First, forgive my absence from these pages for so long however Wendy and I did take a short cruise punctuated, sad to say, by some hospitalization for me. Thankfully, I am on the mend!
Today is true confessions day and there will be a lot of old friends rolling in their graves to learn what I have to say.
From the time I was a small child I was a Brooklyn Dodger fan, big time!
My first recollection was the Mickey Owen dropped 3rd strike in the 1941 World Series but my interest really was piqued in 1947 when Jackie Robinson was the first Black to play in the major leagues in the 20th century and played for “my team”.
It was both great and terrible to be a Dodger fan during the 40s and 50s. They had a marvellous team, dubbed the Boys of Summer by Roger Kahn, and they won several pennants with Jackie, Pee Wee, Gil, Billy, Campy, Carl, Gene and the Duke and some fine pitchers. Unhappily, they continually lost the World Series to the Yankees and that wasn’t remedied until 1955.
All through those years one of my great friends was Robin Heather, a golf pal, a beer drinking buddy, and a fellow history buff. Robin, or “Birdie” as we called him, was a devoted New York Giants fan.
Until he and I started to fight about baseball, I had never much thought about the Giants but concentrated on the Cards as the enemy. That all changed with Robin – and Willie Mays.
We did have in common a love of the Habs but that never quite took the place of the baseball feud.
Probably the worst moment in my life, sports wise, was 1951 when the Giants came back from 13 1/2 games to tie the Dodgers on the last day then beat them in a three game playoff. The Bums would have lost on the last game of the season had not Jackie hit a homer in the last of the 11th to beat the Phillies.
It was not, of course, just the loss of the playoffs but the way it happened. With the Dodgers leading by two runs in the bottom of the ninth, Bobby Thompson homered for the Giants and that was that. It would have been bad enough had I not been sitting in my car with Robin listening to the game on the radio.
It was murder and for the rest of his life I would hear about it every time we met! The only thing I had to counter this was that many years later he and I were fishing, and in landing a huge trout that I had hooked, Robin blew it and knocked the fish off the line and, I can say, he never heard the end of that.
In the late 50s both the Giants and the Dodgers moved to the West Coast, San Francisco and Los Angeles respectively. I managed to maintain my allegiance and was particularly delighted in 1962 when the Dodgers beat the Yankees in four straight.
Somehow, though, the rivalry with the Giants was just not the same. I no longer hated them and in fact would attend their games on visits to the City By The Bay.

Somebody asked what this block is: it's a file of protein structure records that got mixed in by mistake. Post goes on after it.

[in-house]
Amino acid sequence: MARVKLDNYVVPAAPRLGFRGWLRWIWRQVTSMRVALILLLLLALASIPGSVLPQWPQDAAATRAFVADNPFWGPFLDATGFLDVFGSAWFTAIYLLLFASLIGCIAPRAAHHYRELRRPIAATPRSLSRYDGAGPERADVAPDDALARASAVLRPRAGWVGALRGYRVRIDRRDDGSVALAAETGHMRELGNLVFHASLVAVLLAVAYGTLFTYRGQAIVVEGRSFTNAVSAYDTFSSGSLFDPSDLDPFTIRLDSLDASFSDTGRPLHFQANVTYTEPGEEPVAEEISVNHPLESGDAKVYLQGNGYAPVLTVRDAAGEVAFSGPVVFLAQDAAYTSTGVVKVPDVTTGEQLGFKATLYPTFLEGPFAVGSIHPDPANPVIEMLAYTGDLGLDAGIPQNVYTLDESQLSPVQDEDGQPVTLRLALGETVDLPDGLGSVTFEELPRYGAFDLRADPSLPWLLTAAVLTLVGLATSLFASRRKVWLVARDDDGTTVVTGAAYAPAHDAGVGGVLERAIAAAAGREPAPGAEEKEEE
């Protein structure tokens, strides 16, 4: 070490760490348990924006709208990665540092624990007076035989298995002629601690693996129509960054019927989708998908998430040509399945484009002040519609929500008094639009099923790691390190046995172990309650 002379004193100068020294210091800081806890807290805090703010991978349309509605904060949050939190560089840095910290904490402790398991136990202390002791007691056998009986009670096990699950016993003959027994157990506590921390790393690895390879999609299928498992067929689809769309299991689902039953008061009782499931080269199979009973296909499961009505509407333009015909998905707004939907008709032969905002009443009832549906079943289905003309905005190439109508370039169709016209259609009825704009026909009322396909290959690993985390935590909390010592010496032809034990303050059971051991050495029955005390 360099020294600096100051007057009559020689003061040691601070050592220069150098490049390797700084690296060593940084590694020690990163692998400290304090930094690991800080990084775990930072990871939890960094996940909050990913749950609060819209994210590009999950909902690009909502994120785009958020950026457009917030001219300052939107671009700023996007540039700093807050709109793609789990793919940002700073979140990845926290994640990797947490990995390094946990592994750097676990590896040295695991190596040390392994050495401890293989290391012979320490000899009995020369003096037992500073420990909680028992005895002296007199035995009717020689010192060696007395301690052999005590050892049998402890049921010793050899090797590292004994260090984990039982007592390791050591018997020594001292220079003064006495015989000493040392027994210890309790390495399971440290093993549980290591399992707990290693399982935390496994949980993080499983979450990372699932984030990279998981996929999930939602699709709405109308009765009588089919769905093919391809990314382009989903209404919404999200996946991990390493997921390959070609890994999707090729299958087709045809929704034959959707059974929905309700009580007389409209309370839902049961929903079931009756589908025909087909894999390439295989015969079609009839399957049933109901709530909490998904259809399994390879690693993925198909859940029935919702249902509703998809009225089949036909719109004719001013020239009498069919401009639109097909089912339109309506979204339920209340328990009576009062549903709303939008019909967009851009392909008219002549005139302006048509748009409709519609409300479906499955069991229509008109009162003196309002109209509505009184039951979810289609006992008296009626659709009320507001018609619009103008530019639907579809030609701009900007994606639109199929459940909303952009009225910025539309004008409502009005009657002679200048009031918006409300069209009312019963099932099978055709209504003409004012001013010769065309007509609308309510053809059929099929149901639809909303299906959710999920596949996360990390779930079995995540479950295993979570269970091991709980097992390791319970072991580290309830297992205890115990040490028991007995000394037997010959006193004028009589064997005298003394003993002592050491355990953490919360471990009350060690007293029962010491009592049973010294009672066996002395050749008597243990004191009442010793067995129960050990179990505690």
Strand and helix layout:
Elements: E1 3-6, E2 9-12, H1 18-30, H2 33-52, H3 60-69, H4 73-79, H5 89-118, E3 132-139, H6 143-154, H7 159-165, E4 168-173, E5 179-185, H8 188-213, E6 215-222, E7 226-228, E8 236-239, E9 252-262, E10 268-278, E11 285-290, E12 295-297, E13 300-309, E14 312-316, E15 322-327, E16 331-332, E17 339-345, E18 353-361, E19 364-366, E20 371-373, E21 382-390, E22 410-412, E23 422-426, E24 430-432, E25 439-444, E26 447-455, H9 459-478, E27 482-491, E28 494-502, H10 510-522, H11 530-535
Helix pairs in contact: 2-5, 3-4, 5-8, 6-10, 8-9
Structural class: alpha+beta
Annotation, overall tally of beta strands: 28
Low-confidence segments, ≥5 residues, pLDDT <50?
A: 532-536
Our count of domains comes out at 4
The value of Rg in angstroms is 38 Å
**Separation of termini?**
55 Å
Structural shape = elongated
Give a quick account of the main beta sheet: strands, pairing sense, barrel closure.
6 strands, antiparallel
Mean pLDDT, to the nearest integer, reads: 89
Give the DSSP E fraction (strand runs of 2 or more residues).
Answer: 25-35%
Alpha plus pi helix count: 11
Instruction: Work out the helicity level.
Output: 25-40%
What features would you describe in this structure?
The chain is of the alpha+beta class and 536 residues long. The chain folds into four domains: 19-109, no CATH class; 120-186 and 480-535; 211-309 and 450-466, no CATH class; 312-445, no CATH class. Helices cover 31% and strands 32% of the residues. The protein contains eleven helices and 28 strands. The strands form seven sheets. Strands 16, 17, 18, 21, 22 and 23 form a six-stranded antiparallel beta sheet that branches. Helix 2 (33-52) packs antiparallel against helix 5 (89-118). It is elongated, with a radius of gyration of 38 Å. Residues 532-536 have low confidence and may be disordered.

As time passed further, I found that I was losing interest in my beloved Dodgers. No longer were they called “The Bums” and no longer were they a club that had any degree of romanticism about it. After Sandy and Junior left, they were just like any other ball club.
Last year I had it. The Dodgers had the best team in the National League. They beat San Francisco during the season like they owned them. My interest was restored as it looked to me as if I would, once more, see a Dodger’s World Series victory. When during mid season, I caught a game where Vin Scully was the announcer, it was like I had died and gone to heaven. The old days had magically been reincarnated.
Then they blew it. These multimillionaires with their flashy cars and flashier girlfriends simply could not do justice to the money that had been spent on them nor the fans who’d been so faithful. They choked and they didn’t seem to care. One could almost hear that high-pitched scream from Jackie in his grave.
The San Francisco Giants, of course, won the World Series and did it in the American League park with its idiotic designated hitter rule and did it coming back three games to two. It was a gutsy performance by a team that had no business being there.
It ate at me. This was the kind of team I have always loved. One that always tried; one that always cared, win or lose.
Here it comes.
Two weeks ago in San Francisco airport, I marched into a sports store and bought, are you ready for this, a San Francisco Giants baseball cap which I now regularly wear.
Birdie would chuckle but he would understand.
A final sports note. I think my really and truly worst sports experience was in 1967 when I was in Toronto and watched the hated Maple Leafs beat the Canadiens for the Stanley Cup. There is but one redeeming feature – I remain
one of the ever diminishing number of people who saw the Maple Leafs win their last Stanley Cup.
May it never happen again.